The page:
creamCloud asks:

Something that i’ve noticed recently is that despite pikachu being technically weaker than all the other pika-clones in later generations [BST 320 as opposed to the others floating somewhere around 400-430, raichu 485 for reference] functionally it’s better due to having more toys to play with: a larger base movepool and various event moves, light orb and other unique items, eviolite, ect… and while some do have their own unique traits still get overshadowed by the original, So my question is this: what would you give the other pika-clones that would allow each to stand out in it’s own way? such as an evolution, signature move or item, higher stats, new ability?

Well… I’m not gonna design evolutions for half a dozen Pokémon right here, but maybe there are some things we can sketch out here.

I actually did put together rough ideas for evolutions for Plusle, Minun and Pachirisu as part of the “top 10 worst Pokémon ever” series I did way back in 2012; you can find that here:  I’m pretty lukewarm on the actual details of these now, but I think the basic ideas (other than just “evolve them to justify much higher stats”) were sound: buff the Plus and Minus abilities to emphasise Plusle and Minun’s teamwork ideal, and give Pachirisu a lot more trickery- and theft-themed moves to go with its cleverness and collection themes.  I was also grudgingly convinced to do the same thing for Dedenne when I reviewed the Kalos generation:  Here, the main thing I wanted was for Dedenne to have a powerful signature move to make up for its lack of any decent Fairy attacks (this obviated to some extent in Sword and Shield with the addition of Dazzling Gleam to its movepool, but… well, Dedenne could still use a bit more oomph).  I think the important thing is to emphasise what makes each Pokémon interesting (to the extent that there, uh… is anything interesting about them).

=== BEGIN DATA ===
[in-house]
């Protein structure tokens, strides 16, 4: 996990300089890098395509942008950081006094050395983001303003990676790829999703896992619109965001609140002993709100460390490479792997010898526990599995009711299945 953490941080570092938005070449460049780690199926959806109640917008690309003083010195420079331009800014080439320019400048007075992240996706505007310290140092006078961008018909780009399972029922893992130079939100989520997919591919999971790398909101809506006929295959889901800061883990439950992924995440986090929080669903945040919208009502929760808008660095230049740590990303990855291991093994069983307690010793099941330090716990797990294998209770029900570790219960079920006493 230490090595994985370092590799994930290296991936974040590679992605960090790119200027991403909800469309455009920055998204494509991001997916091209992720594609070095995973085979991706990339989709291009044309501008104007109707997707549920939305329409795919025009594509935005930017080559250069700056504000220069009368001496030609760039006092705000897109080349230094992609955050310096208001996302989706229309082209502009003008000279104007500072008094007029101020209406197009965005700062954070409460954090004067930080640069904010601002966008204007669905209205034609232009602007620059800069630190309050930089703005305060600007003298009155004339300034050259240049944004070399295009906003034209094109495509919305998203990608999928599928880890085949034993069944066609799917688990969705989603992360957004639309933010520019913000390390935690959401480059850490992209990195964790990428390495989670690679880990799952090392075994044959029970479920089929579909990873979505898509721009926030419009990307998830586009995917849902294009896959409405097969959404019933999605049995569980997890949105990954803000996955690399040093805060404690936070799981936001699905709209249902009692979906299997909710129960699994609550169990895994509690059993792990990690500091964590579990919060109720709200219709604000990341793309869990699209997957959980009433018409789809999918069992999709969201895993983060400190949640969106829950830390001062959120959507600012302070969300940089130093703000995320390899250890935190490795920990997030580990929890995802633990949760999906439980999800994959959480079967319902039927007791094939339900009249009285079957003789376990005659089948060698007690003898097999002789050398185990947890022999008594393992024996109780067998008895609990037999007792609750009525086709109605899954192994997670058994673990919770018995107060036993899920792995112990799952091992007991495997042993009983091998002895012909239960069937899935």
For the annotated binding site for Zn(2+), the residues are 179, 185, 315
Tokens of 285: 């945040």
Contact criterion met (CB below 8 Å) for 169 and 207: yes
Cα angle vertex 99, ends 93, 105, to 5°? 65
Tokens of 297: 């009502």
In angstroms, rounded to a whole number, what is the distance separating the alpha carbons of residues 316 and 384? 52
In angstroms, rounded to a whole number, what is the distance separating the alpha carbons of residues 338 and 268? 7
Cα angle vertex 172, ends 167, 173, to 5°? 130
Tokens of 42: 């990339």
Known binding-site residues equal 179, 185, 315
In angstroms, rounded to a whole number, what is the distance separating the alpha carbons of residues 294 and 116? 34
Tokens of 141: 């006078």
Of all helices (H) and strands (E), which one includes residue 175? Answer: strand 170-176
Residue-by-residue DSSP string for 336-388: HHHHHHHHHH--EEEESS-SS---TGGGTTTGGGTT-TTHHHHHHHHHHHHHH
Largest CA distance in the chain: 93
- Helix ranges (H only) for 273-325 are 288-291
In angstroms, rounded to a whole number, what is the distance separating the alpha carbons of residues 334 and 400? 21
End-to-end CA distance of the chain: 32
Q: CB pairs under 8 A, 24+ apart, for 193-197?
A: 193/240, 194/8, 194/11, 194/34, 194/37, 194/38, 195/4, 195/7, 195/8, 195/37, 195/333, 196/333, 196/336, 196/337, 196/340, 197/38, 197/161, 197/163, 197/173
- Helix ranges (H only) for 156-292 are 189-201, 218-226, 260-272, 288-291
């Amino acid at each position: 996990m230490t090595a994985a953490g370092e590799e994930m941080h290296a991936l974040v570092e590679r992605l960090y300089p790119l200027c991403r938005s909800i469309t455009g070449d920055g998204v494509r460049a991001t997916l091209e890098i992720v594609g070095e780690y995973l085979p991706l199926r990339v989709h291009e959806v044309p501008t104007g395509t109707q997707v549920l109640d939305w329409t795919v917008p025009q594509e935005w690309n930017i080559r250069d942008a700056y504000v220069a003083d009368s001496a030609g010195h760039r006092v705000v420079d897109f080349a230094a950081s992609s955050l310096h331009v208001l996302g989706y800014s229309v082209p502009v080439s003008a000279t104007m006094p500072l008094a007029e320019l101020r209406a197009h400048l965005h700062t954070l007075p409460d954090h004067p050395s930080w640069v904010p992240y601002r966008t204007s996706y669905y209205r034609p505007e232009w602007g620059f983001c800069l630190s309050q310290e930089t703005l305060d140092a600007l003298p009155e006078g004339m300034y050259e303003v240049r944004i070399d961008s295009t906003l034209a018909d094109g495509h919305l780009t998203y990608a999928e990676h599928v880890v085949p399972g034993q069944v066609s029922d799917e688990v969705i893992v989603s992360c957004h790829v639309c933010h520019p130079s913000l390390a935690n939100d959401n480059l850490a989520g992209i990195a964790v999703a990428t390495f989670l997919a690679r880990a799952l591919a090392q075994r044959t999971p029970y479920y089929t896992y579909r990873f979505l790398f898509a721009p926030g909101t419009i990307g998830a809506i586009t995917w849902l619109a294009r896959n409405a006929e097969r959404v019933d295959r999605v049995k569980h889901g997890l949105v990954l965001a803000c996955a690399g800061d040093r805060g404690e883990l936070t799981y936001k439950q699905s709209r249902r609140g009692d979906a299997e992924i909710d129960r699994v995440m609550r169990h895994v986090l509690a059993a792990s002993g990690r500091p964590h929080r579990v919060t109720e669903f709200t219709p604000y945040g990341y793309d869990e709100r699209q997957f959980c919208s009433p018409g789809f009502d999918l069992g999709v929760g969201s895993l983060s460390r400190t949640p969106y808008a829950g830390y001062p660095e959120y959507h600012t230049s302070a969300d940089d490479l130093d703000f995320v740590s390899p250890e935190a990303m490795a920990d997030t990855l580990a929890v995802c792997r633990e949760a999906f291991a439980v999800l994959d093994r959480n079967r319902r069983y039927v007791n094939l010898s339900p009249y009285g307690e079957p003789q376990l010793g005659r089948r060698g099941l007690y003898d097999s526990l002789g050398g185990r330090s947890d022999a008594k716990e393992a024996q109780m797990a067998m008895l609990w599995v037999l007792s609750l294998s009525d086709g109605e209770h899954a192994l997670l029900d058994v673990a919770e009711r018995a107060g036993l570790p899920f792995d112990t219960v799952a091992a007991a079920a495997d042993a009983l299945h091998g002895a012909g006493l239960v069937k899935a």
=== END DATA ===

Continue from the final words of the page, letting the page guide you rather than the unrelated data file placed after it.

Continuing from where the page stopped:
Plusle and Minun: The problem with Plus and Minus is you’re clearly supposed to use the abilities together in doubles, but that entails using two doubles partners who are both weak to Earthquake.  The other problem is you can’t dramatically buff the abilities themselves because you might create something that’s broken on Klinklang or Ampharos.  But generations VI and VII introduced moves that buff all active Pokémon with Plus or Minus: Magnetic Flux raises both defence stats by one level and Gear Up raises both attack stats.  Maybe Minun and Plusle – respectively – could get moves that raise those stats by two levels, or have an extra effect like healing or setting up Electric Terrain.  Maybe you even raise all your stats, like Ancientpower does.  That’d be crazy strong, but hey, you’re using Plusle or Minun; you need all the help you can get.

Pachirisu: Look, Pachirisu’s won a world championship now; it’s still garbage in singles and probably always will be, but if it wants my help with that, it’s gonna have to beg for it.

Emolga: Emolga’s got some strengths, like high speed and a really strong type combination; I think its main problem is a really messy mixed movepool that doesn’t allow it to specialise in anything it might be good at, and poor defences that make it an iffy supporter.  It already has Acrobatics; I think there’d be some justification in giving it the Unburden ability (heck, look at the Shield Pokédex entry; Emolga “absolutely loves sweet berries…” but sometimes “stuffs its cheeks full of so much food that it can’t fly properly”; Unburden is absolutely written into that) and some kind of bespoke physical Electric attack that gets a bonus when the user doesn’t have an item.  Maybe it’s a multi-hit move that always hits 5 times, à la Skill Link, if you aren’t holding an item?

Togedemaru: Togedemaru’s type combination is maybe even better than Emolga’s because of all the Steel resistances, and Zing Zap isn’t bad.  It’s got a 30% flinch chance that combos well with Togedamaru’s good speed, reliable paralysing attacks and Iron Head, it’s just not really enough on its own to be a reason to use this Pokémon.  Togedemaru also has three strong abilities already.  I just don’t know if there’s an interesting fix to this one.  Honestly it’s probably the least bad Pikachu clone already, so maybe just leave it?